Yet, my question is, when do stop creating agendas around communicating and start creating true connection?


I believe that learning how to speak our emotions and not feel shame for them is one of the first steps in the "general" healing of mental health for future generations & for the now.


No doubt, religious agendas and dogmas are known for their insensitivity to expression and to me, this has NEVER made sense seeing that God is the greatest expression of all.


Yes, God is absolute but if we read between the lines, God is honest when he feels anger, sadness, and even regret. Was it not God that sent a flood to wipe out humanity and then said, "I will never do that again?"


But it is not just religion that shuns expression. It is childhood development.


I watch so many children being told to switch their emotions quickly. We put resilience before expression and I feel like putting it before causes an interuption in the process of healing rather than an interceding.


Resilience is like The Holy Spirit--it intercedes on our behalf but in order for there to be an interception, we have to be holding the pain in our hands, outwardly, unshamefully, like a baby dove ready to simply learn the process of being set free.


We have to call out, reach out, pick it up and demand that the pain we are holding is heavy. My 8 year old nephew was wailing on Easter because he spilled all of his bubbles. As adults, we can think "No big deal buddy, get it together!" but what about when my nephew turns 16 and gets his heart broken for the first time or when he is a fully grown man and grieving one of his parents who has passed? It might be bubbles now but loss will not always be just bubbles.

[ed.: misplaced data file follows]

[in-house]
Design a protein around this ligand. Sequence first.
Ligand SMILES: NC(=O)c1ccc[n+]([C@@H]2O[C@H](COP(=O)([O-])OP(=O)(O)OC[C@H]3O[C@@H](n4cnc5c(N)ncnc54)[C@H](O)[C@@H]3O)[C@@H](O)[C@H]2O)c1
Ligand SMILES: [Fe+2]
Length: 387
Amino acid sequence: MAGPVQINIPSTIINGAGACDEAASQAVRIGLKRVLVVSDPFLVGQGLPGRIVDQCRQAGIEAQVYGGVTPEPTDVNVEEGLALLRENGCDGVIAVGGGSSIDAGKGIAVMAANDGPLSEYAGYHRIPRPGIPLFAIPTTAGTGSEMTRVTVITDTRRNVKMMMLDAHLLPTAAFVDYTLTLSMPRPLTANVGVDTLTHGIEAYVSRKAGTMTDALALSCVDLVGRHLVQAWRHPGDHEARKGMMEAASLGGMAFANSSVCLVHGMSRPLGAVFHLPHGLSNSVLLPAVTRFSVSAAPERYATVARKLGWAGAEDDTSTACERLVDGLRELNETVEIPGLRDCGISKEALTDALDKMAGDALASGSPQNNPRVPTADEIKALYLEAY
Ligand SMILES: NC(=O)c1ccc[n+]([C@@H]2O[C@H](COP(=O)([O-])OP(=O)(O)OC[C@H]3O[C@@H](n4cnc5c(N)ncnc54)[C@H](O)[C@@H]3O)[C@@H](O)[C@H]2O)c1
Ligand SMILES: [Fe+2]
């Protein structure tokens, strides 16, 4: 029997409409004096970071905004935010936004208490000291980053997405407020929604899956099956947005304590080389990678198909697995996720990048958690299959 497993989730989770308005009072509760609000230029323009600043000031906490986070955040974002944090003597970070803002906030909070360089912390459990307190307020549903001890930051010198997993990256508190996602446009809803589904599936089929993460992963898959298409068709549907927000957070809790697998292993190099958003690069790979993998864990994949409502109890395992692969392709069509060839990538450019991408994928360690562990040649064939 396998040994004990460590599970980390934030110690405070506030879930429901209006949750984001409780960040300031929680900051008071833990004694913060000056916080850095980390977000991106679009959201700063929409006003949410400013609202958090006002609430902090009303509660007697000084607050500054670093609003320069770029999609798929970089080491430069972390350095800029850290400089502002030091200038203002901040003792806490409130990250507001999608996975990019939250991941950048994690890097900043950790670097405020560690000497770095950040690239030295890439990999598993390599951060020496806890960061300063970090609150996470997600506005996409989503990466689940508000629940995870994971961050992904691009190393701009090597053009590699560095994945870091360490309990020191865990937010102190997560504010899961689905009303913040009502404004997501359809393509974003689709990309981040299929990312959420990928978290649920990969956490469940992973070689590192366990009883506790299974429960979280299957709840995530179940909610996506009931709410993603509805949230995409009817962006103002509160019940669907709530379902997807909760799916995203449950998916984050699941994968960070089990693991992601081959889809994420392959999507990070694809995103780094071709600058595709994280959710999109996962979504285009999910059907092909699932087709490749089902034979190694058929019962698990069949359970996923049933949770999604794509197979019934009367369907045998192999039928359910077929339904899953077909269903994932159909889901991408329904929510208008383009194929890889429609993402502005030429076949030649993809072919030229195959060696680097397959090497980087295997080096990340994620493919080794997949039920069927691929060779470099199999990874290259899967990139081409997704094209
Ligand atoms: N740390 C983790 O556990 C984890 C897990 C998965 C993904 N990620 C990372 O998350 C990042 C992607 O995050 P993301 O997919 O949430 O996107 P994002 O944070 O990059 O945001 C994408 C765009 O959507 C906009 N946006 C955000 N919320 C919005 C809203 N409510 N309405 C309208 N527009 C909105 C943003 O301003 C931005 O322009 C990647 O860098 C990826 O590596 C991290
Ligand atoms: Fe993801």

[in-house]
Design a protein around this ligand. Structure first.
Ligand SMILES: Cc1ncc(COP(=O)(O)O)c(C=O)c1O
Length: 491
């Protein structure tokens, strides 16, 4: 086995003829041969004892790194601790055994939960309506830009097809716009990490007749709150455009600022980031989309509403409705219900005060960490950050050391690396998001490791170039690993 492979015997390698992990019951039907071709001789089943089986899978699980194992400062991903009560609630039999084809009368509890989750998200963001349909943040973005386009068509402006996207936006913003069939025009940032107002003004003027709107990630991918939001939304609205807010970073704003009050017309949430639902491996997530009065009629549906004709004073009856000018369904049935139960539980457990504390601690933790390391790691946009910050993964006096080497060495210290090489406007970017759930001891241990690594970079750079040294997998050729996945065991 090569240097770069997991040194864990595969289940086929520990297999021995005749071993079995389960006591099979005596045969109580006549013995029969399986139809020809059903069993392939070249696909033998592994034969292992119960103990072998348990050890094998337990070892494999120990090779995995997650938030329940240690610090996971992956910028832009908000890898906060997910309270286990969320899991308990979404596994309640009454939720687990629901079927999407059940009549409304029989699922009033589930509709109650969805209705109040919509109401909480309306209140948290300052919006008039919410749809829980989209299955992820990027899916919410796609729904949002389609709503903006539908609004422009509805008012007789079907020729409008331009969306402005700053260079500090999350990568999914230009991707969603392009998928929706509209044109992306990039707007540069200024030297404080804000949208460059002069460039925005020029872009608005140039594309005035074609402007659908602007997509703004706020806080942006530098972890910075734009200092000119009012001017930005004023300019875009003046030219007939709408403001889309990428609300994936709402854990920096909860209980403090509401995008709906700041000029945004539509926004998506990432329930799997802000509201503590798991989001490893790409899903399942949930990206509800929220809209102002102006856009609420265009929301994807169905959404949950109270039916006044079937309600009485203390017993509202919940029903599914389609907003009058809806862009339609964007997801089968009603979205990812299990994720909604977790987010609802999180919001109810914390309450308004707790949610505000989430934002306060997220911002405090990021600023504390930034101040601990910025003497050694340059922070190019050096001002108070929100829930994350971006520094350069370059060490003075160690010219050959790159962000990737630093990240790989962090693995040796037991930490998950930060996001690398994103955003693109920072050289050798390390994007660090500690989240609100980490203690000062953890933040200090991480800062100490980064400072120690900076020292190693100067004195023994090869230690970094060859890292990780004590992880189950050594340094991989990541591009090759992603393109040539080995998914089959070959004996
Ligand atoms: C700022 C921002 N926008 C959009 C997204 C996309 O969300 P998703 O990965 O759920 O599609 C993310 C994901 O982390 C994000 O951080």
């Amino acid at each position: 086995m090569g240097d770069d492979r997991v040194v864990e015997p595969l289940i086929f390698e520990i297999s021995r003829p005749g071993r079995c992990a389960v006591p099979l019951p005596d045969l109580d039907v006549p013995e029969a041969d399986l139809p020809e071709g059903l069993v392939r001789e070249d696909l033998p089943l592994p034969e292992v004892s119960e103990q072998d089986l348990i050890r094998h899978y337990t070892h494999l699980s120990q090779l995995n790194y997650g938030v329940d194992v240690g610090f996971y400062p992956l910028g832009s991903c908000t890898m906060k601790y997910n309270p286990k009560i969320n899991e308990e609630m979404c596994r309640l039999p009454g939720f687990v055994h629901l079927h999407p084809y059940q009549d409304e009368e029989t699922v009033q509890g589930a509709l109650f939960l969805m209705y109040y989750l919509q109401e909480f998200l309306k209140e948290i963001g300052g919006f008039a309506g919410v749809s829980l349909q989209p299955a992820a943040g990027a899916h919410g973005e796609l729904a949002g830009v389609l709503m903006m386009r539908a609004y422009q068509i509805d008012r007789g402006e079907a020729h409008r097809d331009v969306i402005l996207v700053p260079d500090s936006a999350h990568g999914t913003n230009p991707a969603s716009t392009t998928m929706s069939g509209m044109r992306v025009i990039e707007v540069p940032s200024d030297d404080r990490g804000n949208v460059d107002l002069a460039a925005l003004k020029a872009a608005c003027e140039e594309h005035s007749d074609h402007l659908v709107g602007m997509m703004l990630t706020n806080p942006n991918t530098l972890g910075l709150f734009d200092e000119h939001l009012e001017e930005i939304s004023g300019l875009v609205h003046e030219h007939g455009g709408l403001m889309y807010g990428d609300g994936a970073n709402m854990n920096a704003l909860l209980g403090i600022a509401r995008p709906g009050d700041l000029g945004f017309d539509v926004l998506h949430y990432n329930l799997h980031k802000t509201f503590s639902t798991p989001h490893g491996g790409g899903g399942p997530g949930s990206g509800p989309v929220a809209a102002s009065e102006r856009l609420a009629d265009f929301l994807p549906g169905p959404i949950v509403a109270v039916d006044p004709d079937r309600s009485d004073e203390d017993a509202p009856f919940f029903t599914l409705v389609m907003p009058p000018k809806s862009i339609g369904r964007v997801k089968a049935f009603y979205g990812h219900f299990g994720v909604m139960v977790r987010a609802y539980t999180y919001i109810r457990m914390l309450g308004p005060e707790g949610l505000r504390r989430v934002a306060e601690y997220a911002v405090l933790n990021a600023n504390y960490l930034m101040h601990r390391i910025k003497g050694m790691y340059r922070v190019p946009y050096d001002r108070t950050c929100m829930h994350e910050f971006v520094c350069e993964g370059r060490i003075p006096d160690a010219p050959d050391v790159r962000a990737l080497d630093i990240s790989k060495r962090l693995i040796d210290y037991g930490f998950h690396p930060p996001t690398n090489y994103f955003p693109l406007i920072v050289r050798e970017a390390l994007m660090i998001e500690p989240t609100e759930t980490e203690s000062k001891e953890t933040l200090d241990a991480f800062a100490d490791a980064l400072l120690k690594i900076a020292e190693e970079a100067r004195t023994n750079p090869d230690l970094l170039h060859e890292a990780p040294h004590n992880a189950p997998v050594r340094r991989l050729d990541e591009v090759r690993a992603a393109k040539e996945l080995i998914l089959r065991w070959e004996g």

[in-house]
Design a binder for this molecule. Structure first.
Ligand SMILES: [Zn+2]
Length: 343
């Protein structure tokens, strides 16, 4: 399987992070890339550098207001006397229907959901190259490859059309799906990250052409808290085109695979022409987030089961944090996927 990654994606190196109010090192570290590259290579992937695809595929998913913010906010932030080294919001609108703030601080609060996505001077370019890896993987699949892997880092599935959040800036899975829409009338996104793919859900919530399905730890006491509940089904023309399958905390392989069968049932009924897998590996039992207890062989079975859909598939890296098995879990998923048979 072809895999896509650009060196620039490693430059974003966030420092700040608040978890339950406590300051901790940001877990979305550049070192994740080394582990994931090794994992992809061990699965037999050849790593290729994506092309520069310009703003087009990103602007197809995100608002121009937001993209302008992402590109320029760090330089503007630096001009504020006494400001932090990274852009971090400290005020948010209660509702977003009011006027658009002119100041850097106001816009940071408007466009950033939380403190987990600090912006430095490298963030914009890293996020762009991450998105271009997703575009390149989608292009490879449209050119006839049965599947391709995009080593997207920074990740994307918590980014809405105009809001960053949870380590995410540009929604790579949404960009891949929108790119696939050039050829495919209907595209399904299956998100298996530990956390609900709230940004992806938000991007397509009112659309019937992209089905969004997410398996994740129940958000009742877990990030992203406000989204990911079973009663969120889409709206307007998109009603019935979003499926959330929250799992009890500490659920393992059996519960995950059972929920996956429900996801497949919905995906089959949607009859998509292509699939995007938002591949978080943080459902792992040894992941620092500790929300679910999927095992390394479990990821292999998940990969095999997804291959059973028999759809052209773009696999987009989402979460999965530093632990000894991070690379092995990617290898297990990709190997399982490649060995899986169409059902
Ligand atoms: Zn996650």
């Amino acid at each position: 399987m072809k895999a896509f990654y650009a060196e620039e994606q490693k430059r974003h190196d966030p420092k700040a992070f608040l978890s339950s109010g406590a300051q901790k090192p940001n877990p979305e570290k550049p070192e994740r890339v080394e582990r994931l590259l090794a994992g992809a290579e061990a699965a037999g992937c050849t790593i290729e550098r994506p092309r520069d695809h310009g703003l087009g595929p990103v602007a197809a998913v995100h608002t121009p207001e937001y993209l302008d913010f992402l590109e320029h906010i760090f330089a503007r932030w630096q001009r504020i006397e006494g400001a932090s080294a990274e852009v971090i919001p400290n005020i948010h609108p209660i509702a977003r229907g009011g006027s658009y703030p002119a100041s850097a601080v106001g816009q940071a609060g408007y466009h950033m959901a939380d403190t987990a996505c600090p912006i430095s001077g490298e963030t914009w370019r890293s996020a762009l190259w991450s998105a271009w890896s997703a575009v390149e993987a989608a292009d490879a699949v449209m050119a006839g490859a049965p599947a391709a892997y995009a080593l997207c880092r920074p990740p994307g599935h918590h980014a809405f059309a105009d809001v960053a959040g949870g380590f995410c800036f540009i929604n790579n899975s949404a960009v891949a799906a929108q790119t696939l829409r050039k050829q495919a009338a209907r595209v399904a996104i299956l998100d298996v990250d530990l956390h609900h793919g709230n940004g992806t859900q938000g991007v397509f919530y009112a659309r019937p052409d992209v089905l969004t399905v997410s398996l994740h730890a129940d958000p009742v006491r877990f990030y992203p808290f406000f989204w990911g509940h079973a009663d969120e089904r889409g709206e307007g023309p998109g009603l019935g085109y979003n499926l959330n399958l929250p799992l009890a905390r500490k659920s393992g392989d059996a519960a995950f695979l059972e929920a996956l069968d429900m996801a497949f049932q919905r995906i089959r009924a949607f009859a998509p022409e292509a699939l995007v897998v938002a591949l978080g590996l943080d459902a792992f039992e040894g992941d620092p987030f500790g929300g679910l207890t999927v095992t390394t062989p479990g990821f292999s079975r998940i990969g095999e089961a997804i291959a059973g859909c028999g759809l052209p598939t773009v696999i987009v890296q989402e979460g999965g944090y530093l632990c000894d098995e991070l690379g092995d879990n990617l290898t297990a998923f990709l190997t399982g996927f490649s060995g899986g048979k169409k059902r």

His parents let him wail it out. No one told him he was "wrong" in the storm of his emotions or tried to rescue him. Later on, I overheard him at the kid table. He was calmly telling his 3 year old sister why he was so upset and why he thought her chasing him was a bad idea because then he fell over and spilled his bubbles. He was transmuting the feelings into a sound and reasonable lesson. He did this on his own AND with the support of others. After he expressed his emotions, he was able to listen to his dad & I know that he appreciated his mother letting him cry the way she did.


What I am trying to say is that it starts with spilled bubbles. That grief and that pain is so raw in the moment--his joy sucked right out of him, never knowing if he will ever get the bubbles back because in that moment, they are GONE.


It does not matter if somone says, "Do not worry, we can get more!" The fact of the matter is that ten seconds ago, I was blowing bubbles and now, I cannot because of an unforseen circumstance.


That is depression and grief sometimes.


It is spilled bubbles and the reality that while I can always get more bubbles, I can not get back all things or that moment before the heartbreak or my parent who has passed.